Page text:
• If you were offered both places, which one would you choose to take?
    – Jessica B
    Commented Dec 4, 2015 at 8:11
  • I could see you saying something like 'My research focus is on topic XXX, however, I understand the program promotes collaboration across fields, and given the opportunity I would also be interested in working on topic YYY, as it is related to XXX' Commented Dec 4, 2015 at 8:14
  • @user1938107 thanks for your suggestion! What if my two research interests are not related to each other?
    – Ariana K.
    Commented Dec 4, 2015 at 8:15
  • @JessicaB Quantitative Psychology for sure as it allows me to explore both of my research interests.
    – Ariana K.
    Commented Dec 4, 2015 at 8:17
  • @user1938107 I am interested in both! Y is not offered by Ed psych so i didn't talk about it in my application to ed psych at all.
    – Ariana K.
    Commented Dec 4, 2015 at 8:18

2 Answers 2


Yes, it's totally fine. Its absolutely normal to apply for multiple positions and obviously promise them that you will do things that are unique to them if you are accepted. This shows that you have twice the interests and also ideas on how to fit in aside from determination.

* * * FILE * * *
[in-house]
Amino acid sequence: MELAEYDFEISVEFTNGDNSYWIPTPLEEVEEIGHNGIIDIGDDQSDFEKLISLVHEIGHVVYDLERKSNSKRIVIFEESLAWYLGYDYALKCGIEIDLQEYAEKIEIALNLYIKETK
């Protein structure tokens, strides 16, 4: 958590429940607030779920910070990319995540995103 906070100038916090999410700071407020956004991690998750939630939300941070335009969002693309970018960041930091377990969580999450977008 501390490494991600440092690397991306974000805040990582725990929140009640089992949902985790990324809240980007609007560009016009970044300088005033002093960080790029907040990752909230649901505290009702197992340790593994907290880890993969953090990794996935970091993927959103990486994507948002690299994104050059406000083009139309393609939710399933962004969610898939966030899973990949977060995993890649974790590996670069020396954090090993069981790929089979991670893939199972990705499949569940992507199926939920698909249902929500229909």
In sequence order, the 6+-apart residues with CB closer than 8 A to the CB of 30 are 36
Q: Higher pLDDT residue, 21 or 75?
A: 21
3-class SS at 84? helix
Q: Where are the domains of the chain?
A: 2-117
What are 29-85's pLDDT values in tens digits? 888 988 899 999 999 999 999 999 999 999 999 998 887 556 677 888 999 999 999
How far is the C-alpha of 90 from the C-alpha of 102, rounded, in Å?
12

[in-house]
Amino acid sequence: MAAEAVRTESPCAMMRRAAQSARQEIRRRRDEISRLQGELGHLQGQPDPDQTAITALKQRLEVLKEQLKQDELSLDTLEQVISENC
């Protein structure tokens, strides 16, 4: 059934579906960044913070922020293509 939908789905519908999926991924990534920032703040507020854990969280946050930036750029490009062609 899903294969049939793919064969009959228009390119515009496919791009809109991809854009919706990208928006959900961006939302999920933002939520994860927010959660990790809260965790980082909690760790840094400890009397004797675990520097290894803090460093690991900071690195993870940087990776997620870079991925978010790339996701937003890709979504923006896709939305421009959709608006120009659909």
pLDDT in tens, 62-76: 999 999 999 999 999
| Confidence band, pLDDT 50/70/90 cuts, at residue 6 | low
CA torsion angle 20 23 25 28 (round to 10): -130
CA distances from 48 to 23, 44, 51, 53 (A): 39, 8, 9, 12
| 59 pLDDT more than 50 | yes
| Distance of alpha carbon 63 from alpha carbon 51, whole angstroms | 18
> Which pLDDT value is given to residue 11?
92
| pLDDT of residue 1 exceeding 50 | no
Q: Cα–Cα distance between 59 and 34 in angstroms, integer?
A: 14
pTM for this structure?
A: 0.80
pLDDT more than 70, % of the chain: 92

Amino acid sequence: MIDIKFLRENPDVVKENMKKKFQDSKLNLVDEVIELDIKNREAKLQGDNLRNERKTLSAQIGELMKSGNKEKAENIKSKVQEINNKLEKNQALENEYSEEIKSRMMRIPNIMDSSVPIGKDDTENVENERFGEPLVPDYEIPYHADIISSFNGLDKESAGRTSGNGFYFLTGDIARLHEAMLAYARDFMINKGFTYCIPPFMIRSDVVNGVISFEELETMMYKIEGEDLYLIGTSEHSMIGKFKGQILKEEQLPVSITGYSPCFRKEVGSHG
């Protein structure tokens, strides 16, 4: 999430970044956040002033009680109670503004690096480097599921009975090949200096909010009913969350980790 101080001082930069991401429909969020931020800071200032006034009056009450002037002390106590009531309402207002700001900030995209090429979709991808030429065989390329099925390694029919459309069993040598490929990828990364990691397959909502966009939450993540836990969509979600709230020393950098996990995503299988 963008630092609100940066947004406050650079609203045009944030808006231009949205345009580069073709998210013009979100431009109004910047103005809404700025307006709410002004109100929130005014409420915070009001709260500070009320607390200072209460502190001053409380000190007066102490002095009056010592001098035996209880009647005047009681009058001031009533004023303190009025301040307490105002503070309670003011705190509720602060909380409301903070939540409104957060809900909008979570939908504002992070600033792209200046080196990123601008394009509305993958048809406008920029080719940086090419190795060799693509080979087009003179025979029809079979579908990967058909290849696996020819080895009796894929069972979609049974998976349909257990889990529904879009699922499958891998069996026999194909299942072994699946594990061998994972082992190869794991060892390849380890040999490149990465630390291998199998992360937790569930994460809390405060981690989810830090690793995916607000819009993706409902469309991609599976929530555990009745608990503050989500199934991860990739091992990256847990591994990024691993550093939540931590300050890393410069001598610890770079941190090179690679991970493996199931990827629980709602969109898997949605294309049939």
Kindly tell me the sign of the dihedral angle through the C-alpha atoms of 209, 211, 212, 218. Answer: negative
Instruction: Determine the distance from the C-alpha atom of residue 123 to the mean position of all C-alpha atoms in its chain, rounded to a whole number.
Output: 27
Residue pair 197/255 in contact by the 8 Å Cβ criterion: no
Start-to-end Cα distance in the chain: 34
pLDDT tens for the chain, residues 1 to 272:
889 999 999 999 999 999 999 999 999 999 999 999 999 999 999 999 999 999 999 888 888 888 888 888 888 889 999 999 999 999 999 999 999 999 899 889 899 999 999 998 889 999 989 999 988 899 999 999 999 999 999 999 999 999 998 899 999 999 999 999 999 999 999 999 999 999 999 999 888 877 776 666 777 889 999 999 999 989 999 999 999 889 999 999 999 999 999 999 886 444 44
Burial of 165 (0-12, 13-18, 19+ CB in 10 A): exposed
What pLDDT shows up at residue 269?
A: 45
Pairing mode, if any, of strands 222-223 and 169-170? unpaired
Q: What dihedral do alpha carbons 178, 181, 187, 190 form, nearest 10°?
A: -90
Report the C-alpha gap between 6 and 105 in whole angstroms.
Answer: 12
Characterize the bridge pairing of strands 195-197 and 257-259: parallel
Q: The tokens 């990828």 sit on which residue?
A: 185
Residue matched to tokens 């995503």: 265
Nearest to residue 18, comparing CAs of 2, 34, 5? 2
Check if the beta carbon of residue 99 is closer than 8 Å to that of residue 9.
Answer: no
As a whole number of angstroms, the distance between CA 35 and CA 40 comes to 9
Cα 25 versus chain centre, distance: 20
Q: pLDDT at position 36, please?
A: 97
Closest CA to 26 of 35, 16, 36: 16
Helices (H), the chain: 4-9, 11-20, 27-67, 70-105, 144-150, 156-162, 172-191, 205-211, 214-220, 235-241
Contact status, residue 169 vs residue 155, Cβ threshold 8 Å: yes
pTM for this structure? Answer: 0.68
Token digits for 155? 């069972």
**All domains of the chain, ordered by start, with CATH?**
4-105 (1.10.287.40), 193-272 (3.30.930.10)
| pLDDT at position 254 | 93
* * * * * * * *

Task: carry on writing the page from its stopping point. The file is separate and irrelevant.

1) Do I need to talk about my research interests in social psych in the SOP to Quantitative psychology? Yes, as much as you want to mention possible cross-disciplinary researches but not too much. This should be 10-20% of your SOP. The rest should be really aligned with requirements of each program and the possible dissertation committee members from each group. Think of your dissertation topic and board members in each scenario and write for them as audience and signer of your dissertation.

2) if I do, what's the best approach to avoid my adviser feeling confused about my research interests? SOP is not a marriage proposal. It shows that you have interests in both fields and work and degrees. And you really want to be in that school. He will not feel betrayed or anything. If anything he should see how much you are interested in the whole field. Don't deny that you have skills in both fields though. There should be some 10-20% overlap. but you are proposing a whole new direction and possibility of your dissertation work.